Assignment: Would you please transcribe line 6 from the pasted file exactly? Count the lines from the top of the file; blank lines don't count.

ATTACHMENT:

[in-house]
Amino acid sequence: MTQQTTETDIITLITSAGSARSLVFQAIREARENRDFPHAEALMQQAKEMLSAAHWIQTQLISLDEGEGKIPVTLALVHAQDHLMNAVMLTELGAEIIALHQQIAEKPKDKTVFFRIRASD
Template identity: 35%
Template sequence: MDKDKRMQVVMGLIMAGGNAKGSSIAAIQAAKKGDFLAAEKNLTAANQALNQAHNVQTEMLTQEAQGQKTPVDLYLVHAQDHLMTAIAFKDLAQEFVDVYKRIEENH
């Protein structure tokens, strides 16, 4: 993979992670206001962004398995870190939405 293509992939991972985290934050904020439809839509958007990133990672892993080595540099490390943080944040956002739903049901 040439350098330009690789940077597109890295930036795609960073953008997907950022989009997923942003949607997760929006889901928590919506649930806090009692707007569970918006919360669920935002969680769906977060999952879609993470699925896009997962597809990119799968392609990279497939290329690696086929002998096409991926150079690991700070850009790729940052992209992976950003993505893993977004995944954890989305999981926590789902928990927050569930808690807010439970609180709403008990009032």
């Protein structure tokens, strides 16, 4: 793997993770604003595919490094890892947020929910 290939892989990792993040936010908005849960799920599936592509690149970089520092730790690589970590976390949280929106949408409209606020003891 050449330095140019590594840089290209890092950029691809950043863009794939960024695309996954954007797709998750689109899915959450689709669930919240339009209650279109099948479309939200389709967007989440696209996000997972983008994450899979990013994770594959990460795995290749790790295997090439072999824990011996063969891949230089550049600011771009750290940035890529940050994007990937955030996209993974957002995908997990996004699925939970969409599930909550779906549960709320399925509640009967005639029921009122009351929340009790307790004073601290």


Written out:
């Protein structure tokens, strides 16, 4: 793997993770604003595919490094890892947020929910 290939892989990792993040936010908005849960799920599936592509690149970089520092730790690589970590976390949280929106949408409209606020003891 050449330095140019590594840089290209890092950029691809950043863009794939960024695309996954954007797709998750689109899915959450689709669930919240339009209650279109099948479309939200389709967007989440696209996000997972983008994450899979990013994770594959990460795995290749790790295997090439072999824990011996063969891949230089550049600011771009750290940035890529940050994007990937955030996209993974957002995908997990996004699925939970969409599930909550779906549960709320399925509640009967005639029921009122009351929340009790307790004073601290």